“Here’s to a Happy, Exciting and Dull New Year,” column for Dec. 23, 2014

I meant to write a Christmas letter, the kind that organized, interesting, happy people write to say they’re still organized, interesting and happy.┬áBut I kept getting distracted and pretty soon I started thinking I’d make it a New Year’s letter and pretend that was my intention all along.

Thing is, I’m not much for pretending. There was a time when I could fake it with the best of them, but I got over that. Life’s too short to be anything but real. Besides, fakery never fools anybody. We all know a phony when we see one. Or read one, as the case may be.

So I’d begin my letter saying I meant to do it for Christmas but got distracted … which didn’t sound very organized, let alone interesting or happy.

And then, as I studied the calendar to refresh my memory of the year, I had to admit: My year was not all that interesting. Nothing especially exciting happened. No weddings. No major milestones. No births in our immediate family (a fifth grandchild is due soon.) And, thank the Lord, no deaths.

No cruises, safaris or trips to exotic places, unless you count California, which I do. A lot of birthdays and other causes for celebration, but none of the usual braggy stuff you read in Christmas/New Year’s letters.

When my children were small, one of our favorite books was “Nothing Ever Happens on My Block” by Ellen Raskin. It’s about a boy named Chester who complains his life is a total bore because “nothing ever happens on my block.” Meanwhile, all around him, unnoticed, all heck is breaking loose: A house burns. A masked man skulks. A parachute floats from the sky.

Life on his block is anything but dull. But Chester doesn’t notice because he’s too busy being bored.

Sometimes I’m a bit like Chester, blind to all the good things around me because I’m too busy noticing the bad.

So I took a closer look at the calendar and my memories, and this is how I saw it, what I did this past year: I watched sunsets with my husband. Laughed with my children. Wrestled with my grandchildren. Spent hours on the phone or a computer talking or writing to people I love or wish I could know better.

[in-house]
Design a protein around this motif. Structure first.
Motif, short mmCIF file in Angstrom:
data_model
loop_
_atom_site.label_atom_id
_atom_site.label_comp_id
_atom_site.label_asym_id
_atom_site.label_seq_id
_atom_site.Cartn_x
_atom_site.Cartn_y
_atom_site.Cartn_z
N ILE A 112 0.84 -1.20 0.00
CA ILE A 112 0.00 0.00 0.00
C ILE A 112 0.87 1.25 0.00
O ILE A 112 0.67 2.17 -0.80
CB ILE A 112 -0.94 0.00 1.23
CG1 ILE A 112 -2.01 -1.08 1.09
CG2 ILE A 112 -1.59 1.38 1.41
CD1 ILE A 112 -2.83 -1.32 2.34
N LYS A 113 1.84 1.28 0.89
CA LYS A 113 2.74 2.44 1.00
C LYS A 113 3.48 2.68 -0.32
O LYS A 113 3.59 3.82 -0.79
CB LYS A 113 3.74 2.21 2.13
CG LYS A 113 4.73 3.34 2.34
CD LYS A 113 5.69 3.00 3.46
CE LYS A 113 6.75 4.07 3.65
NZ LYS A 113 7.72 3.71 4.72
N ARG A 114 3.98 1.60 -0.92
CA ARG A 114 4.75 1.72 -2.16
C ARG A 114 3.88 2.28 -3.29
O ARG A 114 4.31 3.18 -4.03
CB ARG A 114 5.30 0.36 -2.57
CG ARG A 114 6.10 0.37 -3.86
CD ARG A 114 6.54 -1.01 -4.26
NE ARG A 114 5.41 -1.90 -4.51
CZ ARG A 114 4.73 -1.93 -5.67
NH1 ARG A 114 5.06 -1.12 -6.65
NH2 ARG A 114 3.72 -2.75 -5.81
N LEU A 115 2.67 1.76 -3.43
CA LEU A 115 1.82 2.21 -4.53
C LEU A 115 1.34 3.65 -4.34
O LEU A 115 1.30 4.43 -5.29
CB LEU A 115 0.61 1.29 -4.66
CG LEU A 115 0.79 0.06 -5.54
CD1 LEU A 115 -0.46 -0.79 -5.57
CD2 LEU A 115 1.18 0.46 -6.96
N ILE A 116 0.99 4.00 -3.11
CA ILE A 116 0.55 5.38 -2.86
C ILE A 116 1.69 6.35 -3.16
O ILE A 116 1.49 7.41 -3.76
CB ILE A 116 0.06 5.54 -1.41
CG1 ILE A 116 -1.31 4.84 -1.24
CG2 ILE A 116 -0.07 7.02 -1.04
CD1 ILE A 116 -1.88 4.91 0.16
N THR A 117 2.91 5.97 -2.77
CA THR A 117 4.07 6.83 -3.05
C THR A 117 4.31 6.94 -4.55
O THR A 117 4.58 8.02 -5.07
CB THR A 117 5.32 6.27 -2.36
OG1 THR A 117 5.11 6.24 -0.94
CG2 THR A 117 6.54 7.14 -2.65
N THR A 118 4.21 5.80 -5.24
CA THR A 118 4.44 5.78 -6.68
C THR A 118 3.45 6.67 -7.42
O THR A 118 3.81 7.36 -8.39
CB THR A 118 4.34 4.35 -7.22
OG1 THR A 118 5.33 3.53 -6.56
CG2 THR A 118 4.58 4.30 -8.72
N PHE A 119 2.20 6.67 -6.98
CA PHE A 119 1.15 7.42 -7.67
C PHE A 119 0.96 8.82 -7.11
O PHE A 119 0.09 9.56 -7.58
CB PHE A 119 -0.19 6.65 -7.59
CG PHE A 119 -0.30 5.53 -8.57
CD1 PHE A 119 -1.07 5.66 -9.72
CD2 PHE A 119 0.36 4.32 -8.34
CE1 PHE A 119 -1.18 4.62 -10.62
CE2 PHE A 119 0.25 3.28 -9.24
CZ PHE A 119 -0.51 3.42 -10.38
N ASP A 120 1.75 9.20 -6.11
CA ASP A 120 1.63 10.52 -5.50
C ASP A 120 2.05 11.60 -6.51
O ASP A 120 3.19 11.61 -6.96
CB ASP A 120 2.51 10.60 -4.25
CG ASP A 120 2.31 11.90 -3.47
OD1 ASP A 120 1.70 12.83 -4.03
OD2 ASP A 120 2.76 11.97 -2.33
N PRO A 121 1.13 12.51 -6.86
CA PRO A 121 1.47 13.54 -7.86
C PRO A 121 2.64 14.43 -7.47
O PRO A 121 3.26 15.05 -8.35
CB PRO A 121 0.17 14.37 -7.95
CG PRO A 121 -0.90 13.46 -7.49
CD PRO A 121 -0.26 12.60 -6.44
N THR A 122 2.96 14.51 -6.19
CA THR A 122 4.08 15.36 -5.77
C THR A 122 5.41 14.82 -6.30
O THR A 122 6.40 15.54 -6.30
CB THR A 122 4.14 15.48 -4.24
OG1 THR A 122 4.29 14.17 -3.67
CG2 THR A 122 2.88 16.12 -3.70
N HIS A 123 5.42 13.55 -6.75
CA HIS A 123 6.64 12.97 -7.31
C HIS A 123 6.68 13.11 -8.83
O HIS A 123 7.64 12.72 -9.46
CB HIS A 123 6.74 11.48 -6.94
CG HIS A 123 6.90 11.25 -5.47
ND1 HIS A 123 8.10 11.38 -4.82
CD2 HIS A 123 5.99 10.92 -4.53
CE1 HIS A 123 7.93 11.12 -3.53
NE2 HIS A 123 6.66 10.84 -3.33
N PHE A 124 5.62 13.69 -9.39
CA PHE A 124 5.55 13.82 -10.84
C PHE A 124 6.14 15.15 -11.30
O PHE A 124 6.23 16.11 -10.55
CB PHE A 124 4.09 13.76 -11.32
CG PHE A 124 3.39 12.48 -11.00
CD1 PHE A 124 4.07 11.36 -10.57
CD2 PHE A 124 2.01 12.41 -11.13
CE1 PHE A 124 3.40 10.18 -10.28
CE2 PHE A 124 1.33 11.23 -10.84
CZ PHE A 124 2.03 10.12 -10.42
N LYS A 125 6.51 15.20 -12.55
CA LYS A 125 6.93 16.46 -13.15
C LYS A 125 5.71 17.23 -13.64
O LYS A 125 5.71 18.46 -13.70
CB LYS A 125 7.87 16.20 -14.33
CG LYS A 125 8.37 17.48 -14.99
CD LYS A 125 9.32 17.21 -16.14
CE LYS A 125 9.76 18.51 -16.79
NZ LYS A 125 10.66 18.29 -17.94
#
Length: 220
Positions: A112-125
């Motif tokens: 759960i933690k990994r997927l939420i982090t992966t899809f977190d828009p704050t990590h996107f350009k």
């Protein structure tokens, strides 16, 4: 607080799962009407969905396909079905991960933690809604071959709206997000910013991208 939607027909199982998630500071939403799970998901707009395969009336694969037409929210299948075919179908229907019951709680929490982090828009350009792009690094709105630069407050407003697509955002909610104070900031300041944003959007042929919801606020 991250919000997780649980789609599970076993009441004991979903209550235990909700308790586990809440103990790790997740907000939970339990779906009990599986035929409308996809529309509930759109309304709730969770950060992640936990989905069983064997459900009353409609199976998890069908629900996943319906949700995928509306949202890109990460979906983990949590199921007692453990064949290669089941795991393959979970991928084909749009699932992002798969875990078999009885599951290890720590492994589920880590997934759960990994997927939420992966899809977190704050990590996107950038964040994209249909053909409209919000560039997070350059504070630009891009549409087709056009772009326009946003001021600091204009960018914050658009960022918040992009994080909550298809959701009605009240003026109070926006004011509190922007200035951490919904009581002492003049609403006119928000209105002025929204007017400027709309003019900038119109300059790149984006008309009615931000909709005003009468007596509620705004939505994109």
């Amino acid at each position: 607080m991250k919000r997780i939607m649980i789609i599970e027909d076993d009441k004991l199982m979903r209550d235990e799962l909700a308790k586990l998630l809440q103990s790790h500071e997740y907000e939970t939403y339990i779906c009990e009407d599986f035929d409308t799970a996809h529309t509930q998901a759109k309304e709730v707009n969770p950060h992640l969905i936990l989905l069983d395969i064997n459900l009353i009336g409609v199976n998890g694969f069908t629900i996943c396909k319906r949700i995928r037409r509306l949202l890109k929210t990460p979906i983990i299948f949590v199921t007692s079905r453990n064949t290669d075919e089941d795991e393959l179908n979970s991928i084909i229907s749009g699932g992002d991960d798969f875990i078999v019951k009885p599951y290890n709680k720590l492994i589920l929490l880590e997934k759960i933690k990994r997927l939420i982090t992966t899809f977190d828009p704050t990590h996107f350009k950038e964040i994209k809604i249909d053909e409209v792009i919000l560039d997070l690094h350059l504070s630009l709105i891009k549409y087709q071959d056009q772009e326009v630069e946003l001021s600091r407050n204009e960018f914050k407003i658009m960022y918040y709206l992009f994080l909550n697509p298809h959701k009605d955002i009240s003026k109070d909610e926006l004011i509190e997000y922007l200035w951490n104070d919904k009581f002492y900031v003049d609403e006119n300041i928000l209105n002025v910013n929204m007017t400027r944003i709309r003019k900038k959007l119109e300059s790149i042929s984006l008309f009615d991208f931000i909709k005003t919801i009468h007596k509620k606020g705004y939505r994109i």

I met all sorts of interesting characters, young and old, near and far, and made friends with strangers I may never see again.

I cooked, did laundry and loaded a dishwasher more times than I care to recall. Got groceries, picked up my mail, paid my bills and ate out every chance I could.

I trotted miles on a treadmill, though clearly not nearly enough. Saw my share of doctors and dentists, but again, thank the Lord, got no reports I couldn’t live with.

I wrote a column every week and marveled each time I heard from someone who said they found meaning in my work.

I spent hours watching hummingbirds that hovered at my window, families of quail that darted along my fence and jack rabbits that ate my lawn.

I wish you could’ve seen them.

That was my year more or less. Watching, working, laughing, loving, trying to be truly alive. It’s all the excitement I need.

Years ago, I sat on a porch with my stepfather watching lightning play on the mountain. We’d had a hard spell, having lost to cancer in only a few years my first husband, my mother and my brother’s wife. But we’d survived it all as a family.

That night, my stepfather said this: “It’s been a hard time for all of us. But right now, we’re doing OK. Everybody’s got a job. Nobody’s got cancer. This is a good time in our family. We ought to remember it.”

Two years later, he, too, was gone, taken by cancer. I’ll never forget his words. Life is good. We ought to remember it.

I wish for us all a year of sunsets and birds, love and laughter, meaningful work, interesting people, time to enjoy it and someone to share it with.

Let’s hope it’s both exciting and dull in all the best of ways.


  1. Rebecca Bishop says

    I looooove “Nothing Ever Happens On My Block!” It’s one of my all-time favorites from my childhood. It’s exciting to hear that someone else loves it, too! As for a slow year, “No news is good news,” they used to say during WWII, and it still holds true. I love how your stepfather put it and I try to think about that everyday. We’re here; we’re safe; life is good!

  2. Lynda Winter says

    My husband and I look forward to reading your column each Monday morning. You are a gifted writer and a very down to earth person. This mornings column was the best you have written so far. We often relate to the experiences that you site in your life. 2014 was a difficult year for us, but you made us think about the many positive things that happened each day. We appreciate your writings.

  3. Sharon, I look forward to your columns so much. You have a true writing gift and am so glad you share it with us. Also, I feel you are “the real deal” and this comes through in your writing. Bless you and your family and the best to you in 2015.

  4. Thank you Sharon for reminding ” life is really short ” very long for people who live for nothing longer than they want . They enjoy living in hell and die in hell but we think they were burden on earth . Last few days were so stressful thinking about school children who were killed without any fault in Pakistan .
    Then I try to forget that bad news . Then I try to smile each day ,counting my blessings and praying for my kids and families ,begging in front of Lord who is everywhere for keeping them safe . We all live with hope ,we all want to be safe , Bless you and family and I pray for all to fulfill their tasks and enjoy what they have.Thank u . Stay blessed and Have a great new year !! 2015 full of new miracles . ! All the best for new baby on the way !

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